Tube anemone has the largest animal mitochondrial genotype ever sequenced

Publicado em 11 junho 2019

Anemone tubes Isarachnanthus nocturnus is only 15 cm long, but has the largest mitochondrial genome of each animal that has so far been sequenced, with 80,923 pairs of bases. The human mitochondrial genome (mitogen), for example, contains 16,569 base pairs.

Flower Anemones (Ceriantharia) focus on the article recently released in Scientific Reports describing the results of the study led by Sérgio Nascimento Stampar, a professor at the School of Science and Letters of the State University of Sao Paulo (FCL-UNESP) in Assisi, Brazil.

The study was supported by FAPESP through regular grants for the project "Evolution and Variety of Ceriantharia (Cnidaria) and through its São Paulo International Research Program (SPRINT) under the Cooperative Agreement with the University of North Carolina (UNC) in Charlotte US.

Mitogen is simpler than the nuclear genome, which in the case of I. nocturnus has not yet been sequenced, explained Stampar. The human nuclear genome contains about 3 billion pairs of bases, for example. Another discovery reported in the article is that I. nocturnus and Pachycerianthus magnus (the other species studied by the Stampar group, 77,828 pairs of bases) have linear genomes such as those in Medusozoa, while other species in their class (Anthozoa) and most animals have a circular genome.

I. nocturnus is located in the Atlantic from the coast of Patagonia in Argentina to the north as the east coast of the United States. P. Magnus lives in the marine environment around the island of Taiwan in Asia. They both inhabit water up to 15 m deep.

"Mitogen I. nocturnusa is almost five times greater than human mythogenic," said Stampar. "We believe we are more molecularly complex, but in fact our genome is more" filtered "during our evolution. Preservation of this genome is probably more expensive in terms of energy consumption."

The form of mitogens in these two types of anemone tubes and the sequences of the genes they contained were more surprising than their size.

Since they are related species, their gene sequences should be similar, but I. nocturnus has five chromosomes, while P. magnus has eight, each having a different composition in the sense of a gene. Such variations were previously found only in the medusa, sponges and some crabs.

"People and types of bone fish are similar to these two tubular anemones in terms of the structure of mitochondrial DNA," said Stampar.

Sao Paulo Coast and South Sea Sea

To reach these results, researchers have picked up specimens in São Sebastião, located on the coast of Sao Paulo State Brazil, and in Taiwan in the South China Sea. Small bits of animal pips were used for sequencing of mycogenomas.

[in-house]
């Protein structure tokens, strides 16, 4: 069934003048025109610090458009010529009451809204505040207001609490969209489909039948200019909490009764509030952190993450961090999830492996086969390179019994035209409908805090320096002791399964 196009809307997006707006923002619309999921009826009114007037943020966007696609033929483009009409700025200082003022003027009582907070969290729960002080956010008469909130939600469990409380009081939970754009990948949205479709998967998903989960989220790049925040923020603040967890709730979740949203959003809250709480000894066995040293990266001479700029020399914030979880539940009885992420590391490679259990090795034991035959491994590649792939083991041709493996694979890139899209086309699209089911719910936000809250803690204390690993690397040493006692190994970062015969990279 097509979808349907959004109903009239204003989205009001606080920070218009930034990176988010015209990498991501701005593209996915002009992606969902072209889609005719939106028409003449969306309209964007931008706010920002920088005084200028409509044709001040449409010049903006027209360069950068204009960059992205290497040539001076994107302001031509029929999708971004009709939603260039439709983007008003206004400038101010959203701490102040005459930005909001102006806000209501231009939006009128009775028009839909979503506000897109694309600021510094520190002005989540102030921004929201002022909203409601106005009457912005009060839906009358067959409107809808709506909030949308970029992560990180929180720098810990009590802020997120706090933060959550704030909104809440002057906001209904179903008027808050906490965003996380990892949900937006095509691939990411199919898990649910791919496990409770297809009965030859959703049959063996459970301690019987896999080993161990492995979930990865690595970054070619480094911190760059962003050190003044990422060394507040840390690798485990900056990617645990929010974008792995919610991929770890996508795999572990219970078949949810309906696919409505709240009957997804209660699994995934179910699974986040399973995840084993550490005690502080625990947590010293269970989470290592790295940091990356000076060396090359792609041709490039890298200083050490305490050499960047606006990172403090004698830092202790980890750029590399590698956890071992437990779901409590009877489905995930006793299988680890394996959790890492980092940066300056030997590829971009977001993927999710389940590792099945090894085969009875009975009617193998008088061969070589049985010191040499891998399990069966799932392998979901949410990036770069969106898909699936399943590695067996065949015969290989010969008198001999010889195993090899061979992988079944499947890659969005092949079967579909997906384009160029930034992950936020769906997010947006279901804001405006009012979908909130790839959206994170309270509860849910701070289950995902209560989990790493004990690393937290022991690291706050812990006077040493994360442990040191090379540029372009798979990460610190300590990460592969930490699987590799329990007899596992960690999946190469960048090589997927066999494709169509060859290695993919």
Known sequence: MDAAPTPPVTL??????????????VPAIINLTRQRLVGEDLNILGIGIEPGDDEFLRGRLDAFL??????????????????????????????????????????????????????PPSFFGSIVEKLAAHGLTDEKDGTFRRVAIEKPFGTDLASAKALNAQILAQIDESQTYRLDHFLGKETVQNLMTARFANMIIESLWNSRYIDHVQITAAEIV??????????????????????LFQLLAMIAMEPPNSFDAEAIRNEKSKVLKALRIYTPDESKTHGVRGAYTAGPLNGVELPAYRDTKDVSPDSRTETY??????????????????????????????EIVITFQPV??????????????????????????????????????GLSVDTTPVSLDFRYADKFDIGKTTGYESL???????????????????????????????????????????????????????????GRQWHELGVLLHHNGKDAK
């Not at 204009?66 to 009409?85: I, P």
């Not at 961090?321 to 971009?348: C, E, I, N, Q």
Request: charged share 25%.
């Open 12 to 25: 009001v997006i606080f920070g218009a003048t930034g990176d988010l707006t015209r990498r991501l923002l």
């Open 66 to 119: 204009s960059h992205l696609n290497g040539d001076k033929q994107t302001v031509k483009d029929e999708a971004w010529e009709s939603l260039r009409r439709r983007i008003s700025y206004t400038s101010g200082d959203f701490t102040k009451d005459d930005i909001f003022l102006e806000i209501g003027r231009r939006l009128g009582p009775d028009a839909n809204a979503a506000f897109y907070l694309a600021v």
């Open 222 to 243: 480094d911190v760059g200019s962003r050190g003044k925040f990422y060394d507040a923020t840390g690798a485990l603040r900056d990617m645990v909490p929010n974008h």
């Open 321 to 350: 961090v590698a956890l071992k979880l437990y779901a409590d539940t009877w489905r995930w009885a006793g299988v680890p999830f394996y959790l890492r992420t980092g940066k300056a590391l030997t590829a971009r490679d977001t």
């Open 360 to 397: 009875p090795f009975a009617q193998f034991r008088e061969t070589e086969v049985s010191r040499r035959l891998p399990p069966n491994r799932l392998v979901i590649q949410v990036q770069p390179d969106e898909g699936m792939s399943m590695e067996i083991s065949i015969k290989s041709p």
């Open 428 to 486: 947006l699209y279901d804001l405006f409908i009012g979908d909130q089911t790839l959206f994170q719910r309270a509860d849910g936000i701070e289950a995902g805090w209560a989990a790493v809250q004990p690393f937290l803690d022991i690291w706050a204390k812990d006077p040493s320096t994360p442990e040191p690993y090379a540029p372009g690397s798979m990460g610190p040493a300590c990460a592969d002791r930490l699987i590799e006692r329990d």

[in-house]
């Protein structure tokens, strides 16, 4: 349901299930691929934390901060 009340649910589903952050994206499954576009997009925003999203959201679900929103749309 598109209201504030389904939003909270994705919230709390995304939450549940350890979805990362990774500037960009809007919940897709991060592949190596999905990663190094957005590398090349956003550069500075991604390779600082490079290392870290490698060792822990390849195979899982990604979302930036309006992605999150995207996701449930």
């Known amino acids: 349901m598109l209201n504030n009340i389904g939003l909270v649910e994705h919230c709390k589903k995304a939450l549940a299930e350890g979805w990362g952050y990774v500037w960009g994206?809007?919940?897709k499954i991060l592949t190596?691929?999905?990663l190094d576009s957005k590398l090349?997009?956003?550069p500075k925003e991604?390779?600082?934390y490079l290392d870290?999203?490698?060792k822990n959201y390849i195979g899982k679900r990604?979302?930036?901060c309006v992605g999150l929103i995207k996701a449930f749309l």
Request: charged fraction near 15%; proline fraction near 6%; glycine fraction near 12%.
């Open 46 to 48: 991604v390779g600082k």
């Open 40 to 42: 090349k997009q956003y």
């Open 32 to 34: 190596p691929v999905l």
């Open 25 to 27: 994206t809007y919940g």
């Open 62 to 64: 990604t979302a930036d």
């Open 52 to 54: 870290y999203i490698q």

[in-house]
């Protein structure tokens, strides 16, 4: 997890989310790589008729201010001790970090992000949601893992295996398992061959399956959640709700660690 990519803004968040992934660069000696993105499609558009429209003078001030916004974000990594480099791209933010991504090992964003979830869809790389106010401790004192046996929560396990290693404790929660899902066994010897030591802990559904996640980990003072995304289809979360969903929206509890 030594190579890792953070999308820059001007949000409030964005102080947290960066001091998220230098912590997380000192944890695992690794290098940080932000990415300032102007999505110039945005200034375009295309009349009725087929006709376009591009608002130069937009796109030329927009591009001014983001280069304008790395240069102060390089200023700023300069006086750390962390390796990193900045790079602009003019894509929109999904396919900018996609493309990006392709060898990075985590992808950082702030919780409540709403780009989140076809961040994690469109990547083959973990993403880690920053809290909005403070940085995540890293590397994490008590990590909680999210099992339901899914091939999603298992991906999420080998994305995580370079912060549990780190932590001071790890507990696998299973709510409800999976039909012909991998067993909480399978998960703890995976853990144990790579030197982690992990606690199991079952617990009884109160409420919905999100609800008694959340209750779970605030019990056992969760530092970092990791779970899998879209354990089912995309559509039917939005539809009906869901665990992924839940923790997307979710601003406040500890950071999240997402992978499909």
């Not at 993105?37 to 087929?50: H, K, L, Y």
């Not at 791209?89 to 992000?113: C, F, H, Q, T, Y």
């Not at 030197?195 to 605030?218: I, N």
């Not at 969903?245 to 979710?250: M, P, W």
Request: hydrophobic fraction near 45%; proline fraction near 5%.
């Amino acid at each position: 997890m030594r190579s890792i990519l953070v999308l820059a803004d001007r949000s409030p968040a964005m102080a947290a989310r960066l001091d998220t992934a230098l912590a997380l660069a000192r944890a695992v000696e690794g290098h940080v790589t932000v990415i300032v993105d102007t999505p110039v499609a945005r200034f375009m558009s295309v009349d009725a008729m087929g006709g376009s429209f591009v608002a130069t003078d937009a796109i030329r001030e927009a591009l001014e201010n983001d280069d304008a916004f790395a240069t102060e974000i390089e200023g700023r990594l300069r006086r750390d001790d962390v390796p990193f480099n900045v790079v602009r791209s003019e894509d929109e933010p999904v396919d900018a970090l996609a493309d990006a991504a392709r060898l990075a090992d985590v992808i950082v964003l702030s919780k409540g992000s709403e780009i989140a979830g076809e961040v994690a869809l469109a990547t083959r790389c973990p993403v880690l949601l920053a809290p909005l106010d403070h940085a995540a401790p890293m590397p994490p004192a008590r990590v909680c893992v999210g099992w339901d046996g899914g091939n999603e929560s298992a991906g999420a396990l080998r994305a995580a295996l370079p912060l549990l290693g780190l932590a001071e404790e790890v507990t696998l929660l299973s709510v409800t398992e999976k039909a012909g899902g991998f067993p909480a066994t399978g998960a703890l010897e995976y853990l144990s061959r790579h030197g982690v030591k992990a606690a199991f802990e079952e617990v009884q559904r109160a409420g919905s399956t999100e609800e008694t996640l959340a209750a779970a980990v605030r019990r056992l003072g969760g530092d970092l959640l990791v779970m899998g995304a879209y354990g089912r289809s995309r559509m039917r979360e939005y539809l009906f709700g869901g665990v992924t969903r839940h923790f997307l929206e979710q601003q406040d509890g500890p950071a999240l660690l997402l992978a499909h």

The genomes of the two types available to date from the database were incomplete due to difficulties in their determination. After completing the study, researchers published the genome by donating them to GenBan, a database that was hosted by the National Center for Biotechnical Information (NCBI) at the National Institute of Health (NIH) in the United States.

Another sequencing hurdle was the difficulty in collecting these animals due to their unobtrusive behavior. In response to any potential threat, the pipe anemone is hidden in a long leather tube that differentiates it from true ocean anemones, making capture impossible.

"You have to dig a hole around it, sometimes as deep as a meter, and stop the part of the pipes buried in the sand." All this has to be done under the water while you are carrying diving equipment. Otherwise, it hides in the buried part of the pipe and you simply can not catch it, "he said. is Stampar.

Thanks to the support of FAPESP's SPRINT program, Stampar and Marymegan Daly, a research associate at Ohio State University in the United States, have partnered with Adam Reitzel and Jason Macrander at UNC Charlotte. Macrander, then Postdoctoral Researcher under Reitzel, is a professor at Florida Southern College.

Reitzel and Macrander specialize in the use of bioinformatics for filtering genomic data and collecting millions of mitochondrial DNA fragments in one sequence. They used this technique to get full mitochondrial genomes for both species.

"In this technique, you sequitate the genome bits and connect them to a circle. The problem is that it works only with the circular genome. Since we could not find the part that would close the circuit, we realized that the genome must be linear, Medusozoa, "said Stampar.

This discovery is a way of possible reclassification of species of fire (hydras, medus, polyps, corals and sea anemones). The studied tubular anemones seem to form a separate group of corals and marine anemones and show some similarities with honey.

However, more data will be needed before a final conclusion can be drawn. The necessary data could be derived from the sequencing of the nuclear genomes of these species, which Stampar and his group intend to complete by the end of 2019.

Simple sea anemones are not that simple yet

More information:
Sérgio N. Stampar et al., Linear Mitochondrial Genome in Anthozo (Cnidaria): Case Study in Ceriantharia, Scientific Reports (2019). DOI: 10,1038 / s41598-019-42621-z
Tube anemone has the largest genetics of animal mitochondria ever sequenced (2019, June 11)
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